An end to end security solution needs to secure the communications, operations and head end systems.
If there is one thing that is rising as a priority for utility executives, it is the risk of their infrastructure or business falling victim to a cyber attack.
And hostile attacks are happening. The recently identified Crash Override malware, which was deployed against a Ukrainian electric transmission station in 2016, was the first to target the electric grid.
And the energy sector is seeing evidence of the threat problem “migrating towards SCADA and other systems that control physical processes,” Paul Smith, Senior Scientist at the Austrian Institute of Technology (AIT), told Engerati in a recent interview.
“In the Ukraine cyberattack case [which blacked out a portion of the capital Kiev], there was no financial incentive for the threat actor, but it is easy to imagine a future ransomware capability focused on physical processes.”
According to the World Energy Issues Monitor 2017, leaders in Europe, North America, MENA and Asia view cyber threats as offering a moderate risk to business continuity.
The question is: given this risk, how prepared is your utility to combat cyber threats or in the worst case if it were to happen, to mitigate the impact of a cyberattack?
In the typical modern day utility, there are three systems that are most vulnerable to a cyberattack and must be secured to prevent a security related catastrophe, according to Rick Enns, Technical Architecture Director at Trilliant, provider of a smart communication platform for utilities and other Internet of Things applications.
These are the communications, operational and head end systems, he says, adding: “The head end is the most important asset to protect in a utility/IoT network because an attack against it can affect the entire system.”
Communications security must protect the messages and processes between field devices and the head-end system, data privacy and data integrity and the authentication of devices on the network, says Enns, who has developed a number of system level network designs and security lifecycle best practices.
Operational security ensures that the system and its components are secure in all stages of their lifetime, from manufacturing through to installation, operations, maintenance and decommissioning.
Head-end system security is aimed at limiting access and control of the utility’s field devices.
Traditionally head end systems have been protected by firewalls and user access control. For more security behind these protections, the head end systems need to be hardened.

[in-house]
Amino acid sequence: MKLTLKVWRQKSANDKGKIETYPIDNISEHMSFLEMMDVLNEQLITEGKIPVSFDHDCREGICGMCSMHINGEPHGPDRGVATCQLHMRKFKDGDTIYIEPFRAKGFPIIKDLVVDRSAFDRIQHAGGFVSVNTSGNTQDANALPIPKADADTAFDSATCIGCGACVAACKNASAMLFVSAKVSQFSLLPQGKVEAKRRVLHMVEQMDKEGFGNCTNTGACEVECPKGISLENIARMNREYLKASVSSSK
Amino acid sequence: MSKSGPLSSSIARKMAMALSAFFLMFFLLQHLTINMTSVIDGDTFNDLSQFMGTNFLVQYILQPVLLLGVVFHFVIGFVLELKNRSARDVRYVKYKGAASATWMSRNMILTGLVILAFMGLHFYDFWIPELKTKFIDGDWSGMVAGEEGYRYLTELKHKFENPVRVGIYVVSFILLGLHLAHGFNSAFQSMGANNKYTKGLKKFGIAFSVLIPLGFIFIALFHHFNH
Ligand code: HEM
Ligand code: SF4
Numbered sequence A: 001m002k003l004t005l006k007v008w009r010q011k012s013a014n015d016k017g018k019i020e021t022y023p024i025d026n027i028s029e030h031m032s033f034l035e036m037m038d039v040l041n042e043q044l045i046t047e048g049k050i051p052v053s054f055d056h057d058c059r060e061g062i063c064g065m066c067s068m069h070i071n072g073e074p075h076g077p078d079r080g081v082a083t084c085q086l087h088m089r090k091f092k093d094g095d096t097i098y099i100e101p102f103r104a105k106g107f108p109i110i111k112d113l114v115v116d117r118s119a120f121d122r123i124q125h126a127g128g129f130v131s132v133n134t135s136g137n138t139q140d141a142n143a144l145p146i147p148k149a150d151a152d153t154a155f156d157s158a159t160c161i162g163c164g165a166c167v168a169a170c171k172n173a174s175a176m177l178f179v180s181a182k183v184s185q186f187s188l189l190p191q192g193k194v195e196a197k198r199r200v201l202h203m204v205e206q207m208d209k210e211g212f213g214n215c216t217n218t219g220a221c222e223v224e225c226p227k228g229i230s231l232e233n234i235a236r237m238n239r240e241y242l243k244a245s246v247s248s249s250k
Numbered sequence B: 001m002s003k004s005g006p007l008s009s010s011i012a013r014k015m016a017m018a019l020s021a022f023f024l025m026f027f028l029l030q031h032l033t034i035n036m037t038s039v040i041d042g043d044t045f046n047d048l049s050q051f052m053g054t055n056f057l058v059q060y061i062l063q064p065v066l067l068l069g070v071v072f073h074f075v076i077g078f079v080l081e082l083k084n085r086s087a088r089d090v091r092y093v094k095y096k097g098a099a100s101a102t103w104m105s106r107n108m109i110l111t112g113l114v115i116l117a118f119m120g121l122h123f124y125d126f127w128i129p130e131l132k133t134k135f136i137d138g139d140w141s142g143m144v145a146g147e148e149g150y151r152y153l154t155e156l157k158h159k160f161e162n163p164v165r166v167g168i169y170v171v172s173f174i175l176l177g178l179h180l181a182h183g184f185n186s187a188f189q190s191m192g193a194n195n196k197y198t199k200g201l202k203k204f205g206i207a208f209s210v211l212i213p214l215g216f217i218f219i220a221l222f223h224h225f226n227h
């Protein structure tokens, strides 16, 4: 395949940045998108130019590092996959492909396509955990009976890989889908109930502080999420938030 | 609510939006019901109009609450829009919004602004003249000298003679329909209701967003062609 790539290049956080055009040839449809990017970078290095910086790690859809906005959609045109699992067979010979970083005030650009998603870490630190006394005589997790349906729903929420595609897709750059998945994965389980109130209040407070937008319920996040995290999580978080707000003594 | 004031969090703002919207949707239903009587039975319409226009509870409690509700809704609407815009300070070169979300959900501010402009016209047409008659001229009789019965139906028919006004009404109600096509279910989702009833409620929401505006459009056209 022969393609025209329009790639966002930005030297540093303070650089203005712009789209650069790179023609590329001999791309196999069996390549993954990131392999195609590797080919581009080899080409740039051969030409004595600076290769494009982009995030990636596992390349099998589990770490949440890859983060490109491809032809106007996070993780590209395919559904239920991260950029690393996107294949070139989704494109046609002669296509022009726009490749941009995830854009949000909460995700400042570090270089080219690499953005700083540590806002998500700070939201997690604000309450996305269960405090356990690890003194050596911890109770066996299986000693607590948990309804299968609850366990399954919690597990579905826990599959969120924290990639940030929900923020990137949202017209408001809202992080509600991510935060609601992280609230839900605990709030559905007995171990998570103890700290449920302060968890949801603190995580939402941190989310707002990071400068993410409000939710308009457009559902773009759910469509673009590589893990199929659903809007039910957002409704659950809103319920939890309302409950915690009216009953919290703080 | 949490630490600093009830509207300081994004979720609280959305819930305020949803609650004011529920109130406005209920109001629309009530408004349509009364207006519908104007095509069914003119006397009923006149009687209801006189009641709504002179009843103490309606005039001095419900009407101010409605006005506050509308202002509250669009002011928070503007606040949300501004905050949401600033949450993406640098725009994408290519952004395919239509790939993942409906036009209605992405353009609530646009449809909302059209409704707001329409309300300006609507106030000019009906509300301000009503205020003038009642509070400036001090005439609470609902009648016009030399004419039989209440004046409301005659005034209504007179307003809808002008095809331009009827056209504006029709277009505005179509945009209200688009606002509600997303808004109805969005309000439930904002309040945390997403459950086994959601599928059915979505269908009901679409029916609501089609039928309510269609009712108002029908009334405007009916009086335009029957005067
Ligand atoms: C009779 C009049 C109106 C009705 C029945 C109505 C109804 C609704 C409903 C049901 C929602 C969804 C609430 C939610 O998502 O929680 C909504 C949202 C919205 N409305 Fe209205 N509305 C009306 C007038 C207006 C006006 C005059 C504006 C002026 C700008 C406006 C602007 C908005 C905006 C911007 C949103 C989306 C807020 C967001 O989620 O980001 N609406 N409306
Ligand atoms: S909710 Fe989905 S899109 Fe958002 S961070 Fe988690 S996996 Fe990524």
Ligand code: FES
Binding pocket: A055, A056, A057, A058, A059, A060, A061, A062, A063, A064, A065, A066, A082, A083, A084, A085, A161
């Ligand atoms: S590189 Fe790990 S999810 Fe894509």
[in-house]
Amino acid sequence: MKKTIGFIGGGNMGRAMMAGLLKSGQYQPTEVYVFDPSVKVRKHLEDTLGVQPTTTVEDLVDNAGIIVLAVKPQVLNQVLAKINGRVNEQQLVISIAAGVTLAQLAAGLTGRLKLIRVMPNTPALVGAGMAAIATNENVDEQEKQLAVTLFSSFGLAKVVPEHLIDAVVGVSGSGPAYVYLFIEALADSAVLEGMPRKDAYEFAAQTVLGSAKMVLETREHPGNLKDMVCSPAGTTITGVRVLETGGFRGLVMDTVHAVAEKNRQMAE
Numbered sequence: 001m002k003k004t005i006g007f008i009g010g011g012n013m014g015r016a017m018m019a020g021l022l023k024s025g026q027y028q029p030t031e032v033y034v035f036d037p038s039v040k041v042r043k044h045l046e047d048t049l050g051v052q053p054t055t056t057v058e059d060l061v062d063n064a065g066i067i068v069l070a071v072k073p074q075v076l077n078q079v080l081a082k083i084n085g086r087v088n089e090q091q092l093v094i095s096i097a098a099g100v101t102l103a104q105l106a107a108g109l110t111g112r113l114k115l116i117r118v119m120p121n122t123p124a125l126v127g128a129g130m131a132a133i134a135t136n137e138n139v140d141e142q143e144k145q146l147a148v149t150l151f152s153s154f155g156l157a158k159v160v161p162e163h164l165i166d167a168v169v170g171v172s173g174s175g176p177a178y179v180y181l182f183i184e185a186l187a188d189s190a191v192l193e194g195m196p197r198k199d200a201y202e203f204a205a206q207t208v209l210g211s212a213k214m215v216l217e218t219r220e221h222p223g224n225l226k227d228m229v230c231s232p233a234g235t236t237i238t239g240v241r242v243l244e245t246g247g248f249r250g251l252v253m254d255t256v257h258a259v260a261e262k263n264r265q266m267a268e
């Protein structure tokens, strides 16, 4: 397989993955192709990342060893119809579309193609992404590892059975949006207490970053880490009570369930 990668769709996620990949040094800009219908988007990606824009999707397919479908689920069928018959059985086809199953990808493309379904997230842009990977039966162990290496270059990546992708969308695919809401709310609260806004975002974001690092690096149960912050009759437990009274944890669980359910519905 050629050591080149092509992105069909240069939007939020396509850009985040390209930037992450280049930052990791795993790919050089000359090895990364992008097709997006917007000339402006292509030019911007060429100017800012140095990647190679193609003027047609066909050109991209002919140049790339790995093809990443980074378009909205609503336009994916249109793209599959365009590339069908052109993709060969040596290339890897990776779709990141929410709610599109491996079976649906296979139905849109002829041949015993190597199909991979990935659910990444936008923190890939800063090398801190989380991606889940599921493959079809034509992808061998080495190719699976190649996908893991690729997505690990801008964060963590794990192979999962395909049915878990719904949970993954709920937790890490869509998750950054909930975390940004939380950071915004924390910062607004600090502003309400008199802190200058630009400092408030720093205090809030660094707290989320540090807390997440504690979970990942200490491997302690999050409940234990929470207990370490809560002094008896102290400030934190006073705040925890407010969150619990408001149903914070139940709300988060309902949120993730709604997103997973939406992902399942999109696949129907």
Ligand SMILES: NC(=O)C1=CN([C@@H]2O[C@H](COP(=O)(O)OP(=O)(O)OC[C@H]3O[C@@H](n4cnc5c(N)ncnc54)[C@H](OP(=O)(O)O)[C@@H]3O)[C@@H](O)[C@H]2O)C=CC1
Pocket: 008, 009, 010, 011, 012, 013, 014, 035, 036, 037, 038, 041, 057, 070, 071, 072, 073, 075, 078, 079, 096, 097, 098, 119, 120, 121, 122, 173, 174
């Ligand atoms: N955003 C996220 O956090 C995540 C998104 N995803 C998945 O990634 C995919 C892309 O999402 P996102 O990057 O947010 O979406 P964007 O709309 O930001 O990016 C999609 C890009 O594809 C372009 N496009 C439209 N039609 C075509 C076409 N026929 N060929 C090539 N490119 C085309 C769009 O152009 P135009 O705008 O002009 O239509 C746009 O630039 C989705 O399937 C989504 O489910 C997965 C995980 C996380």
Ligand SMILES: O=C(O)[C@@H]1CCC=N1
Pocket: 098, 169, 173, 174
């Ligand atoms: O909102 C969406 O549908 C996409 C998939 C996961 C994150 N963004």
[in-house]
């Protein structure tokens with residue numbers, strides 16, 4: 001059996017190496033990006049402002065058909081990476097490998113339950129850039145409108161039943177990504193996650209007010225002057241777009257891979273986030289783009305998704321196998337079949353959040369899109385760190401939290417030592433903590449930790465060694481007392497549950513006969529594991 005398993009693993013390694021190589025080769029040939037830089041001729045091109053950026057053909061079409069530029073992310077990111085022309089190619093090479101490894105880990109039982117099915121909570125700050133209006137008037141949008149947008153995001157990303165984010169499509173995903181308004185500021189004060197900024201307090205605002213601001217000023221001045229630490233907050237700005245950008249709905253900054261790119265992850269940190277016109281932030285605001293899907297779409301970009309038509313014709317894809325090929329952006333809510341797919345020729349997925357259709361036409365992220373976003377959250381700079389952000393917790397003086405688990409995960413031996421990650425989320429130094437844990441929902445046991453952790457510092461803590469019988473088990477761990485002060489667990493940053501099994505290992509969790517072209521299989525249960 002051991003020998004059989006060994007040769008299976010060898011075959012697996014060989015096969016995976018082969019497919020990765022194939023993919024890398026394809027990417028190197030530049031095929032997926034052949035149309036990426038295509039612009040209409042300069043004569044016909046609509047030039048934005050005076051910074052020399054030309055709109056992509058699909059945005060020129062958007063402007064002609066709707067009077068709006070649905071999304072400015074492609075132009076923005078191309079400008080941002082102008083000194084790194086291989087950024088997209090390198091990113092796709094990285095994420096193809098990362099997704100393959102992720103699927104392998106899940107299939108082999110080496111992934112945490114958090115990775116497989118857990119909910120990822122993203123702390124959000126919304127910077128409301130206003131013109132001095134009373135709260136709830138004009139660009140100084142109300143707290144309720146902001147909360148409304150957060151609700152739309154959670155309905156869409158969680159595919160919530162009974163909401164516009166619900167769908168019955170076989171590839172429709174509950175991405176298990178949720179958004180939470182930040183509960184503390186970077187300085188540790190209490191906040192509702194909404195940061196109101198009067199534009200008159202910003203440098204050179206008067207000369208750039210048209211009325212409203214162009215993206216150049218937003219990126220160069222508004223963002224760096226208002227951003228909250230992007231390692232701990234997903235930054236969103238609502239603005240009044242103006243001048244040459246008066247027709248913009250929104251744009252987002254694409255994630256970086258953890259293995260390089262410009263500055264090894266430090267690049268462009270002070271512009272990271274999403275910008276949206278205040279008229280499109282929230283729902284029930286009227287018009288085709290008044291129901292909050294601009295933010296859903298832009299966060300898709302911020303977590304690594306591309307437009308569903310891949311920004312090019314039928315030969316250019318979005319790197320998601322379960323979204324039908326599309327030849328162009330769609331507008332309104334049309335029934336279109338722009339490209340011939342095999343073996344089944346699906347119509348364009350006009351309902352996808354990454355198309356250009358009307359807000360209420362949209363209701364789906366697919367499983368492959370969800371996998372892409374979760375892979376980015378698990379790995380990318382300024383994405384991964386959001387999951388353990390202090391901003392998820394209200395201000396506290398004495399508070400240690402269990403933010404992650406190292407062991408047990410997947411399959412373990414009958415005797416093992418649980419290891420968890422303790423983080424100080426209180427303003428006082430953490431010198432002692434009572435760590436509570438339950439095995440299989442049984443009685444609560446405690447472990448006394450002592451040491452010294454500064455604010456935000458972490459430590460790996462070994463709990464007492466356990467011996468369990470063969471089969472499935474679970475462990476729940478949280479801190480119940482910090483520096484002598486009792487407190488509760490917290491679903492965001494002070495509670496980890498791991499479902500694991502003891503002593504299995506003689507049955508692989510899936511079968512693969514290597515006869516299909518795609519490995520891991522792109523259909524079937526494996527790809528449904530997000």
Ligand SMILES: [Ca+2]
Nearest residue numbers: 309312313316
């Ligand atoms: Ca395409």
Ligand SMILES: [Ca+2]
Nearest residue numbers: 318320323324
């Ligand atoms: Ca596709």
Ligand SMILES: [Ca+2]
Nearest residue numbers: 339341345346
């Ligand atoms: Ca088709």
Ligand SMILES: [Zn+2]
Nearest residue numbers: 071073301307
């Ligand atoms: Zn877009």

Considering the three phases of a typical cyber attack - design/penetration, exploration and exploitation - the earlier an activity can be detected and contained, the less damage will accrue to the utility’s systems or business processes.
A study by New York University researchers has found that the internet alone can be a significant source of information for potential attackers to exploit, particularly in the first phase.
These range from the availability of older grid devices with possible security vulnerabilities on eBay to strategic power system data in databases and other web sources.
“What this work has highlighted is the need for constant awareness of the security of the grid,” says Mihalis Maniatakos, Assistant Professor of ECE at NYU Abu Dhabi, who led the study.
Given the increasing complexity of a modern utility’s systems and to achieve security across communications, operations and head end, an end-to-end security solution is required, says Enns.
He offers some specific recommendations. For example, in the typical utility’s communications network there are three different sectors: smart grids, smart metering and smart city systems. In all three, the common communication system must be able to separate the security credentials used from the network resources needed to supply the services.
“One service cannot be allowed to compromise the other,” he states.
The most important point is that security protocols should be based on standard protocols and methods, rather than proprietary technologies that may not have been vetted by security experts and may contain flaws that are easily exploited.
However, not all standards-based security systems are equal, he adds. How a utility uses the security standards can affect how well the security architecture scales to manage millions of devices.
“The system should use the standards-based protocols carefully so that the security can be easily managed.”
As an example, he cites the need for cyber-security certificates to be revocable in case of compromise. If a manufacturing site is compromised, potentially thousands of device certificates would need to be revoked.
“Issuing thousands of certificate revocations may not be practical, so the architecture must be designed to deal with this in an efficient manner through certificate chains where only revoking a manufacturing batch certificate gets the job done.”
In conclusion, Enns states the characteristics for a utility cyber security system.
“Privacy, confidentiality, integrity, availability, authentication, authorisation and accountability are all essential in securing today’s utility against the latest cyber threats.”